— Home of XPL (eXtensible Process Language)
It's like XML, but you can store source code in it.
One of the difficulties in creating a good description of HLL is that most of the good words have already been used. Consider the following.
HLL is a software framework for developing a very large number of applications, linking applications and components that have already been created, facilitating relationships between people and organizations, for interacting with people and their agents, and increasing automation of pretty much anything. In short, it does what modern applications should do; and makes an entire infrastructure easier to develop and maintain.
The opening paragraph and accompanying graphic were added to a document to clarify what HLL is; putting readers on the right track right from the start. But now suddenly, there's a contradiction. The paragraph following the graphic says that "HLL is a software framework." The graphic itself places frameworks two levels down from High Level Logic. Readers can be left wondering, which is it?
To me, this is more than just an editorial problem. It's part of a general problem in developing the language that describes computer systems and software components. Another example in HLL is the use of the term "experts." My use of the term is directly related to the definition found in English language dictionaries. I clarify by calling HLL experts, "HLL experts." For those familiar with AI, the term automatically causes one to wonder whether they're the same thing as rule-based expert system components.
I believe I can use the term framework to describe HLL. I believe it fits existing definitions and uses of the term software framework. But as the graphic shows, I think there's a need to make a distinction between HLL's position on the level-of-logic chart verses the many examples of frameworks that I'm currently familiar with. Knowing that any new terminology is one more thing to explain, I still think it's worth trying to come up with a new term.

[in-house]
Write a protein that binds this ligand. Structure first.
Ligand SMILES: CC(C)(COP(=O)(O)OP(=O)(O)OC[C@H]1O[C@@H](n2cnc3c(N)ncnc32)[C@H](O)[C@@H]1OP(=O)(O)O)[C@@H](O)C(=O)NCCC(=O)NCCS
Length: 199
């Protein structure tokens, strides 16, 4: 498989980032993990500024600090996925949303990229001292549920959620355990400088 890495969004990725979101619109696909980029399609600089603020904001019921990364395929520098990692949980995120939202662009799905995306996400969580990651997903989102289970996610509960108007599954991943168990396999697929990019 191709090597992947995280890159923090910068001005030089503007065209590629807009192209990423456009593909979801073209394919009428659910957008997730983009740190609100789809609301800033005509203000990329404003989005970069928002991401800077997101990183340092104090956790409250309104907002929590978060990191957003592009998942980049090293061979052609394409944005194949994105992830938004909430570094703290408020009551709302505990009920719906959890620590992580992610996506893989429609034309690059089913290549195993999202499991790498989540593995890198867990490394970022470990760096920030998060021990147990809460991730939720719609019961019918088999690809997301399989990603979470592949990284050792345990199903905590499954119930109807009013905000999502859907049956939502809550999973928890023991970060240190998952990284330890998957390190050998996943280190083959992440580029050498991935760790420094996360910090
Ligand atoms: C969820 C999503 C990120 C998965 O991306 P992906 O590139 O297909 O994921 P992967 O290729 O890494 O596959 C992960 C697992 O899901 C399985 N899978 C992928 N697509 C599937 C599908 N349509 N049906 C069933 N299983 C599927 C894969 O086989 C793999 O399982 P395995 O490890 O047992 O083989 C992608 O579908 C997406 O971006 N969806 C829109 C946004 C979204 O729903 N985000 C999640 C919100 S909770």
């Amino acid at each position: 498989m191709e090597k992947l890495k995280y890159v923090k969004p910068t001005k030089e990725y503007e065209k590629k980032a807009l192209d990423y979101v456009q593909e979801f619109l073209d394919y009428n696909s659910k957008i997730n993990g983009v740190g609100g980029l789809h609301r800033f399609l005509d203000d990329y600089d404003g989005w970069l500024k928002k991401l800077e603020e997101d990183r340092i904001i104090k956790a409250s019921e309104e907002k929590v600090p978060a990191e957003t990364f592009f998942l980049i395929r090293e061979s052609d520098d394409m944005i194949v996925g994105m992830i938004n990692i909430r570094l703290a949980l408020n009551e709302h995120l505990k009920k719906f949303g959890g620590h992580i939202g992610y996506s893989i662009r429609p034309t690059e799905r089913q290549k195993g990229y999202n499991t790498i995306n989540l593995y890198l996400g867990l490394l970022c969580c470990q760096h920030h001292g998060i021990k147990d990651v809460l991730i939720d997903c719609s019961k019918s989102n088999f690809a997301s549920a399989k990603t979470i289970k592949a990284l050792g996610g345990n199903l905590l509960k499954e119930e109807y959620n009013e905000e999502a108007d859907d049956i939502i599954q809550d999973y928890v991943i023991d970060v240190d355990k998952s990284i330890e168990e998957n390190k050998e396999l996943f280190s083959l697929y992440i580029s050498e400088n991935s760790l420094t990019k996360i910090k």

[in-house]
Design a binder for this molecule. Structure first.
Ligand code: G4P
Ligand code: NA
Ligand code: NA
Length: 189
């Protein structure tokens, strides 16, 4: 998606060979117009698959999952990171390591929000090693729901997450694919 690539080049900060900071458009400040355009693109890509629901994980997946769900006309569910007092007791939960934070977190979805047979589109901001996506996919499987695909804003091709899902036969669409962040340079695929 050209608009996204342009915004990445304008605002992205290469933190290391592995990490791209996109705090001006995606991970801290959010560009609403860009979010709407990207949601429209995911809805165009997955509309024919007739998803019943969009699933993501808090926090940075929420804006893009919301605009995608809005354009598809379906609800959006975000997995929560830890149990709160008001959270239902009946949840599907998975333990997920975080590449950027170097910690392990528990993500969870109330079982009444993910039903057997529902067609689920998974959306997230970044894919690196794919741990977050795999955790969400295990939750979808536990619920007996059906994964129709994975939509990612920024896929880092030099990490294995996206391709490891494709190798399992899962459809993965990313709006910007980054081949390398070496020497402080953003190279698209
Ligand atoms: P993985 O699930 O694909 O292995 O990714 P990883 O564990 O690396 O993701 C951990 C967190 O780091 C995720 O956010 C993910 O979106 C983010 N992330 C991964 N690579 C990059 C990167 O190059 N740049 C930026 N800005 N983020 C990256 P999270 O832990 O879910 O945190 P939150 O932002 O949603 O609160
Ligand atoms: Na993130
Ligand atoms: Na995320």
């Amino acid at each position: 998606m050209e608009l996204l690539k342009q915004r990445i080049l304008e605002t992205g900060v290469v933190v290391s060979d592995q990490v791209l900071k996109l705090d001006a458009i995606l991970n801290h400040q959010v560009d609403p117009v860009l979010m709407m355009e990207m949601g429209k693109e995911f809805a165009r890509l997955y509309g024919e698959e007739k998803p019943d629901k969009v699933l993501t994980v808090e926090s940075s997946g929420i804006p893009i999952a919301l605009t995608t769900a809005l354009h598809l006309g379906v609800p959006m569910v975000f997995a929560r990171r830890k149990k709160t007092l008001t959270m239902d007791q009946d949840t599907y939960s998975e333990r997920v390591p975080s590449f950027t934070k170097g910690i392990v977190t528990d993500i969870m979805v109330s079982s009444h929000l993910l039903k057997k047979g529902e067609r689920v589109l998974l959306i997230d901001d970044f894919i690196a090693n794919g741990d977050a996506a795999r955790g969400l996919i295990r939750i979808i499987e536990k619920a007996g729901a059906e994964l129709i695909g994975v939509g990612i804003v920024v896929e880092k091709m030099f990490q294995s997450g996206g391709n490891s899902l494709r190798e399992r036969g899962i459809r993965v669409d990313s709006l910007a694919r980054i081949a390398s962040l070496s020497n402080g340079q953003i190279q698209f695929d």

The first thing I thought of was that HLL is an application engine. It clearly fits earlier uses of the term "engine" to describe software systems that drive applications by processing application components that have been expressed as data. (Rule-processing engine, for example.)
Ther term comes rather close to Google's App Engine and PeopleSoft's Application Engine. Google's App Engine is a platform for developing and hosting web applications in Google-managed data centers. PeopleSoft's Application engine is a batch processing system using blocks of PeopleCode and SQL.
Both the Google and the PeopleSoft "engines" are much more specialized than HLL, so to make the distinction, HLL can be called a general application engine.
What do you think?